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Gerardo Castillo Ceballos, Professor of the School of Education and Psychology

The mantra that "more pedagogy is needed".

Sat, 21 Oct 2017 10:59:00 +0000 Published in The Confidential

The term "mantra" is currently used in a derogatory way, to disqualify reiterative and implausible arguments: "That's a mantra; you repeat it like a mantra".

Historically it was a very short prayer, of Hindu and Buddhist origin, used in meditation and yoga. It was recited orally many times in succession until it reached goal. Its main function was to free the mind from all material things in order to raise the consciousness to a spiritual plane.

Therefore, the original meaning does not correspond to the present one; the repetition of now is only a technique to present a fallacy as true. Göebbels stated that "a lie repeated a thousand times becomes a truth".  

One of the mantras that has become fashionable lately and is repeated without pause is a short phrase: "We must do more pedagogy". A political party that fails in an election does not usually admit that its proposals have been rejected because of their irrelevance; it chooses, instead, to lament that people did not understand them, so that in the future "more education must be done".

This mantra is not only an attempt to hide a failure; it also undervalues people, discards self-criticism and, with it, the improvement of proposals. Sometimes it simply seeks to make the message more seductive, even at the cost of disguising it.

Is this whole process of concealment pedagogy or manipulation?

Manipulation has ends and methods opposite to those of Education. It is a covert dictatorship that instrumentalizes people in the service of ideology or profit, thus preventing critical and divergent behavior.

In contrast, the educational action promoted by authentic pedagogy (not its caricature used as an alibi for occasional political errors) is a service of improvement staff. It does not seek to "mold" the learner as the potter does with clay, nor to indoctrinate; it aspires, on the contrary, to liberate, to develop the potential capacities that the learner possesses, to be himself, to become more and better, to acquire his own criteria and a growing autonomy manager.

It is surprising that pedagogues have not (to my knowledge) publicly expressed their disagreement with the spurious meaning of the term pedagogy and its indiscriminate use.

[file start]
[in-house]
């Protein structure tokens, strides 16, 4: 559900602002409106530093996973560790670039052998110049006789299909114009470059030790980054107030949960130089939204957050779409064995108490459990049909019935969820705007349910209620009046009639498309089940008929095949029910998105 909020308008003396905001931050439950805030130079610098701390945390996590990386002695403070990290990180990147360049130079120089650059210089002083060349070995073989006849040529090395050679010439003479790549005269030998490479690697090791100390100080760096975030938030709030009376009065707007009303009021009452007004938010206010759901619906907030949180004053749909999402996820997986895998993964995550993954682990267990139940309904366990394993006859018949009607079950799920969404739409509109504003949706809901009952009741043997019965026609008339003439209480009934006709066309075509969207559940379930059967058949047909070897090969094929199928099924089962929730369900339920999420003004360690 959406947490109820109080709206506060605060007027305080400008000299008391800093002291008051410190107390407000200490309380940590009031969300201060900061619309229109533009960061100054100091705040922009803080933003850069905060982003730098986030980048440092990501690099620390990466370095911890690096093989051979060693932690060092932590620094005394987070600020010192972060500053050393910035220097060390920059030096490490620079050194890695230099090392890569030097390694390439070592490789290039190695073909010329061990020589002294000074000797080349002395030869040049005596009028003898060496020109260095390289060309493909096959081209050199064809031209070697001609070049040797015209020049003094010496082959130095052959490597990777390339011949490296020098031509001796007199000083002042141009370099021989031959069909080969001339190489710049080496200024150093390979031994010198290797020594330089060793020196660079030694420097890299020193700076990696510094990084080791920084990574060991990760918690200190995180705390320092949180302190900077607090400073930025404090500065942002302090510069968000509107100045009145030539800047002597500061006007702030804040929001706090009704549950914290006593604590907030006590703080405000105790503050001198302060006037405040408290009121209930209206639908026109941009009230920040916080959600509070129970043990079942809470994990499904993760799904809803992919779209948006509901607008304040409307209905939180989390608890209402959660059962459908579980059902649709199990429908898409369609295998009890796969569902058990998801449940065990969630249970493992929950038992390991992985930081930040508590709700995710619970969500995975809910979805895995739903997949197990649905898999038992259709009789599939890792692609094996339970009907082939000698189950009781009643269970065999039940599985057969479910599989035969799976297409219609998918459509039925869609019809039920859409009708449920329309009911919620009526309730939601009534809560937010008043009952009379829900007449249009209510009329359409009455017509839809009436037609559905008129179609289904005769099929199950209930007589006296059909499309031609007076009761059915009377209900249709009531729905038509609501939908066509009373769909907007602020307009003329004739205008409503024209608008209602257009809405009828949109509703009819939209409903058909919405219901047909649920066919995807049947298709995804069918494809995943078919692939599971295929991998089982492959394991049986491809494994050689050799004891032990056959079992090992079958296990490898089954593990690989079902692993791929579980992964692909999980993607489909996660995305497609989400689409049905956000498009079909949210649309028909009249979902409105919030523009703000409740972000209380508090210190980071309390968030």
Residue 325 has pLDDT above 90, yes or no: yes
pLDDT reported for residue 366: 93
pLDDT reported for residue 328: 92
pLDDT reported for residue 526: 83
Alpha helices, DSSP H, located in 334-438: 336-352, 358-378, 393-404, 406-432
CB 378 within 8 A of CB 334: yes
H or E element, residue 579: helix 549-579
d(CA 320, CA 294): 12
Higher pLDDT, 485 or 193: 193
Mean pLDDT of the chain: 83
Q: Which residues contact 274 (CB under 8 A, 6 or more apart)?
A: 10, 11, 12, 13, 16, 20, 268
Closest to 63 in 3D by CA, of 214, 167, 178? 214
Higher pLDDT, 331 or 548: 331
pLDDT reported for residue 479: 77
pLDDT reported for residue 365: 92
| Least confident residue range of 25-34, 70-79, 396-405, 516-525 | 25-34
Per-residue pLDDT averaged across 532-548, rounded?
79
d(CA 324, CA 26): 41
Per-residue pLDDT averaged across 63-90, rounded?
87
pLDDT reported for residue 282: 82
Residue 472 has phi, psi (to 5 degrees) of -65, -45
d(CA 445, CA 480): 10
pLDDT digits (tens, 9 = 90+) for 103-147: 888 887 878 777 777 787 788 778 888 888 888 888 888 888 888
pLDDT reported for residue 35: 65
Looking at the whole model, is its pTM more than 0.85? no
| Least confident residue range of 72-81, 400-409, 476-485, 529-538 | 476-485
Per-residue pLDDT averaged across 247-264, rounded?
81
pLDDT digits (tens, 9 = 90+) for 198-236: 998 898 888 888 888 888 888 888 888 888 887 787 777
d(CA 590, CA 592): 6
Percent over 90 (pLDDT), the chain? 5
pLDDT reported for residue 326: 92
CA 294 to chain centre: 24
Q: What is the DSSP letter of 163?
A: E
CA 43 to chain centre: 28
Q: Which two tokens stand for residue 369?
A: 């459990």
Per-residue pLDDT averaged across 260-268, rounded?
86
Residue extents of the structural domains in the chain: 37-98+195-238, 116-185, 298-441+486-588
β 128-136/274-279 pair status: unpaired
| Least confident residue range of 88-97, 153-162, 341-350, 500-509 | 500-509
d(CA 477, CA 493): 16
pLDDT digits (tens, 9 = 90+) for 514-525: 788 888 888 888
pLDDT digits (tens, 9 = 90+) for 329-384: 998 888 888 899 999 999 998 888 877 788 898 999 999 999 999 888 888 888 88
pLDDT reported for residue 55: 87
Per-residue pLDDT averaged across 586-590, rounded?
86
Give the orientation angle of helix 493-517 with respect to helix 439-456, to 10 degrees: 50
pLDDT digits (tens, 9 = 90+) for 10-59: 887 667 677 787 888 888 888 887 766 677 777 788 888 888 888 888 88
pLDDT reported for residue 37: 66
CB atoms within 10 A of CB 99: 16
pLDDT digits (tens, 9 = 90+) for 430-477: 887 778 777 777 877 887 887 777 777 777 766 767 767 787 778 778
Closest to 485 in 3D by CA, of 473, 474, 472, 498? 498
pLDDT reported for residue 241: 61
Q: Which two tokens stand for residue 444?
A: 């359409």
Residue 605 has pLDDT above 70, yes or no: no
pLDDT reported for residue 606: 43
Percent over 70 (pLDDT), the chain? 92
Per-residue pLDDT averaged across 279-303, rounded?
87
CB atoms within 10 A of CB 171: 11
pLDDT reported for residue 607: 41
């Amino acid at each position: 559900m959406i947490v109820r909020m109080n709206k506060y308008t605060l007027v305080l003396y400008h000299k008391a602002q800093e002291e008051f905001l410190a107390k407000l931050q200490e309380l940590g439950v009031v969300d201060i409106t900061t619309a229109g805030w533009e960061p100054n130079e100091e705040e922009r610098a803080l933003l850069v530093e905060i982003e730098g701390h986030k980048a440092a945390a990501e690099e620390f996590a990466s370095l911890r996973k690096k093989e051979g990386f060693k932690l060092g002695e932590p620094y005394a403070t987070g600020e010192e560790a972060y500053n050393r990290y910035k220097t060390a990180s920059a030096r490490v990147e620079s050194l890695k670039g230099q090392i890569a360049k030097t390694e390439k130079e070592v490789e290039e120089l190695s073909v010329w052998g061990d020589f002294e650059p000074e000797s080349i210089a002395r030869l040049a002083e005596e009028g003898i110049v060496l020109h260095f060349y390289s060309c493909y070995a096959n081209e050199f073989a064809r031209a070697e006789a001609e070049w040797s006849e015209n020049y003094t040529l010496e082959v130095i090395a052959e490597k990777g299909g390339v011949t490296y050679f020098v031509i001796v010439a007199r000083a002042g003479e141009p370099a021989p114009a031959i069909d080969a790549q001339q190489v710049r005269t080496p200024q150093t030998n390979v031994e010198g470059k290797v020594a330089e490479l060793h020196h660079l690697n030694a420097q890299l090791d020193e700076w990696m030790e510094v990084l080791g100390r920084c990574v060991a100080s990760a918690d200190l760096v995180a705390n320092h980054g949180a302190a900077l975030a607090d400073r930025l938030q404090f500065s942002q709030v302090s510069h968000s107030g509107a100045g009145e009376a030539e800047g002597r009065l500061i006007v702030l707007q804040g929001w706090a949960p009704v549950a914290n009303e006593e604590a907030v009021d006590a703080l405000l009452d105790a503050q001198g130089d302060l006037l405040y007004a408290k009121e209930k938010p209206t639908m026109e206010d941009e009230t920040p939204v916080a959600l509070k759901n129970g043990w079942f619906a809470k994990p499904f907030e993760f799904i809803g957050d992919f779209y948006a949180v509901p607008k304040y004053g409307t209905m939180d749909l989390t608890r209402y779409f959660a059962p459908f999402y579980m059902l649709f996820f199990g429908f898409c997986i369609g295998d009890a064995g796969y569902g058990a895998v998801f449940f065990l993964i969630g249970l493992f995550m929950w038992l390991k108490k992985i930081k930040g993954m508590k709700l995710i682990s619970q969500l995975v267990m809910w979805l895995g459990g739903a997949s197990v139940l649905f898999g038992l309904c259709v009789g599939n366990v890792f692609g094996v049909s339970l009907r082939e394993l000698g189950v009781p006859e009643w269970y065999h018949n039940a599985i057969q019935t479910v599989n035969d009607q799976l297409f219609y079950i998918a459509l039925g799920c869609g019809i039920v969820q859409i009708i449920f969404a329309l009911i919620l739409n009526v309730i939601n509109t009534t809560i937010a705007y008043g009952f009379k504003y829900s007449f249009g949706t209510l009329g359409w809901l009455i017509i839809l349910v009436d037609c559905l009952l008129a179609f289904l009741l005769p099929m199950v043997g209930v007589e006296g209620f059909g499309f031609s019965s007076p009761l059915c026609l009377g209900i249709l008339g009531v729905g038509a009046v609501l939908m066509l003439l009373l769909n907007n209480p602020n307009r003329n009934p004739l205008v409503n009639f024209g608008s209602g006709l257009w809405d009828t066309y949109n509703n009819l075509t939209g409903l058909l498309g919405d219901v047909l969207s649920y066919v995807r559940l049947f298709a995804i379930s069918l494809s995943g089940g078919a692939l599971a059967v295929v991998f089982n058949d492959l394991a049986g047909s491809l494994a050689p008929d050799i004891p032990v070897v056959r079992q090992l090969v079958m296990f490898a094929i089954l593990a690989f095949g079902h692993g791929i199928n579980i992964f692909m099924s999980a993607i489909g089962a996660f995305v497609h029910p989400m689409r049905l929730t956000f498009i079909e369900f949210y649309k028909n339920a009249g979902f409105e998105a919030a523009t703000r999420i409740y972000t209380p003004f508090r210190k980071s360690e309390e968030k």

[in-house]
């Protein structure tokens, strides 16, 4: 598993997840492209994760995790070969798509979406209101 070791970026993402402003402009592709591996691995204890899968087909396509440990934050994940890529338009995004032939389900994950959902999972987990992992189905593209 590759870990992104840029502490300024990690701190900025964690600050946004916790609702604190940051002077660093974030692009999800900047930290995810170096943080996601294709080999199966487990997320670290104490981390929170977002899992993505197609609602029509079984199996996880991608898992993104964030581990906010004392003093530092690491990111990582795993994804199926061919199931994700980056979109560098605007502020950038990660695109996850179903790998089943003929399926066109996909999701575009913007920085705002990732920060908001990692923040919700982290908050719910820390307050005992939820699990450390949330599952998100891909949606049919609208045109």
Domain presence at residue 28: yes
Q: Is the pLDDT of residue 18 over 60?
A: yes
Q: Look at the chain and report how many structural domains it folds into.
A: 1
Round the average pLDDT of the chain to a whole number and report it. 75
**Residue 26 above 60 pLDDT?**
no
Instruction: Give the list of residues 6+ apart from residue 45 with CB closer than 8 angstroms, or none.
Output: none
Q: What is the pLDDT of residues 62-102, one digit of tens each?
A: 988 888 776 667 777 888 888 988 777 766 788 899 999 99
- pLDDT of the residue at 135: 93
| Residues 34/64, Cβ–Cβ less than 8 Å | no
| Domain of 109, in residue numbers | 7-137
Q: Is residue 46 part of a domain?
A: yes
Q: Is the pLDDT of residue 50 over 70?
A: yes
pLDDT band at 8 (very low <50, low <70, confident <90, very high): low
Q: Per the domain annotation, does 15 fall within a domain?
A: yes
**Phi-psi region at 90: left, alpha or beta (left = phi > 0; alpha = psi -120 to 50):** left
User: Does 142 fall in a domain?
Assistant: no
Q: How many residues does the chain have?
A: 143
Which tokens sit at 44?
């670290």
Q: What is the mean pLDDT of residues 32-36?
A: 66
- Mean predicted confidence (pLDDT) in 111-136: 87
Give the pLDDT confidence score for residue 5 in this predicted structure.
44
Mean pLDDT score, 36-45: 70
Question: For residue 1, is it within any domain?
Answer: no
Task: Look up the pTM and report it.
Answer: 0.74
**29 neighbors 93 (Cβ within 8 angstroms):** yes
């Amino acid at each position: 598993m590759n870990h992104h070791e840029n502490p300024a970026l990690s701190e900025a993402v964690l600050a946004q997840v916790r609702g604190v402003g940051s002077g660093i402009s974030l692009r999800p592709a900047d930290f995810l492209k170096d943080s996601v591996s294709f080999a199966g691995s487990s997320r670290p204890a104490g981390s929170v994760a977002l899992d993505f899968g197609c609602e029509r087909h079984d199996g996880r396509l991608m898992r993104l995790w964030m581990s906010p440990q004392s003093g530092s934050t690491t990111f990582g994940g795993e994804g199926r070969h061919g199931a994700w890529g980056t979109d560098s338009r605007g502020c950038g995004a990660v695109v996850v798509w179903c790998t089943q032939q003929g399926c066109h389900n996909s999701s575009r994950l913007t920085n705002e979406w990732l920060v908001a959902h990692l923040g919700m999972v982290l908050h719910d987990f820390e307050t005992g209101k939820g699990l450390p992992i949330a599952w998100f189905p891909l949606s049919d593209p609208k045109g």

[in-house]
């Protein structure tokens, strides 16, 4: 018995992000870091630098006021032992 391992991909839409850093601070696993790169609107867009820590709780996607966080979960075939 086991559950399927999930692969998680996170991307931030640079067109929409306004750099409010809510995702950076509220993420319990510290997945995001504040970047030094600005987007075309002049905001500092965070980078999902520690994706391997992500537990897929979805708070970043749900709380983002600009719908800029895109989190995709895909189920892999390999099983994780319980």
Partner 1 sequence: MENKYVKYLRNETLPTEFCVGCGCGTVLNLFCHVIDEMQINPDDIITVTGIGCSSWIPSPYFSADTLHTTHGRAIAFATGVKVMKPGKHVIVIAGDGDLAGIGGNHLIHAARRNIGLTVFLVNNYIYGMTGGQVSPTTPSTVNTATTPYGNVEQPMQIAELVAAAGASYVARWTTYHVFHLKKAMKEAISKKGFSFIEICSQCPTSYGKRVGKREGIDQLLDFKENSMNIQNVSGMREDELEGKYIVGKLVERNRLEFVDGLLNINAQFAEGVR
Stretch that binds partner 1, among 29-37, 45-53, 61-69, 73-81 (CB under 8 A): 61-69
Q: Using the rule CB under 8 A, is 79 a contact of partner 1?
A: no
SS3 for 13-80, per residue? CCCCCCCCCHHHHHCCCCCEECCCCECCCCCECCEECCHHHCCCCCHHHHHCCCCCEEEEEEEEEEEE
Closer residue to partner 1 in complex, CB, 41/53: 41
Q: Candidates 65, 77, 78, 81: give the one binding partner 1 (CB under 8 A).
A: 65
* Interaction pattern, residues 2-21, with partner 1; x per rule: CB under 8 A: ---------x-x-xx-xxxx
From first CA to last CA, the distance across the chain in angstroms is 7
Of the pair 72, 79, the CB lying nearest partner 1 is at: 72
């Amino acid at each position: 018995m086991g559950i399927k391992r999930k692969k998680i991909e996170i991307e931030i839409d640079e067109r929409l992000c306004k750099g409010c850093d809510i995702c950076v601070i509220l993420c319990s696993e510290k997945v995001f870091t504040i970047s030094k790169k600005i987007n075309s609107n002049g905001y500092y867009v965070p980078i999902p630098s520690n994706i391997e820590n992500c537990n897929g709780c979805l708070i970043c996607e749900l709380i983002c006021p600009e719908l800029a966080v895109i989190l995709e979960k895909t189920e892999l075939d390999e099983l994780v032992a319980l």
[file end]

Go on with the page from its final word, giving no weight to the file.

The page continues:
The problem of the alleged lack of voter understanding is often justified with another mantra: "we have not been able to convey the message well". The goal will not be achieved simply by improving the technique of the rally (anglicism of meeting).

The rally is an informative and persuasive electoral claim aimed at gaining followers by means of an indoctrination that appeals not to reason, but to the emotional. Moreover, it does not admit the discussion of its ideas. From its origins it has a radical approach, as can be seen in several historical revolutions.

It is not enough to know how to inform; it is essential to know how to communicate. Information is limited to the transmission of ideas and knowledge, while communication involves exchange, thus originating a "feedback" from each receiver of the message. That is why it is core topic to listen empathetically and actively, which denotes sincere interest in the person who is responding.

To communicate is to make common what is one's own by means of dialogue. "All authentic human activity is dialogue: dialogue with the world, which is poetry; dialogue with others, which is love; dialogue with God, which is prayer". (J. Lacroix, The Meaning of Dialogue).

Two-way communication and dialogue come naturally when there is authentic leadership. Leadership is a process of persuasion by which a leader induces the members of a group to voluntarily and enthusiastically pursue common goals.

Authentic leadership is closely related to moral authority. For the Roman thought what justified that certain people were given the responsibilities of command was their exemplary life. Authority was based on trust and on the credit that is granted to a person when we recognize a moral superiority in him/her.

I suggest that today's politicians discard the mantra of "doing more pedagogy" to deal with something much more relevant and operative: frequently looking at themselves in the mirror of moral leadership.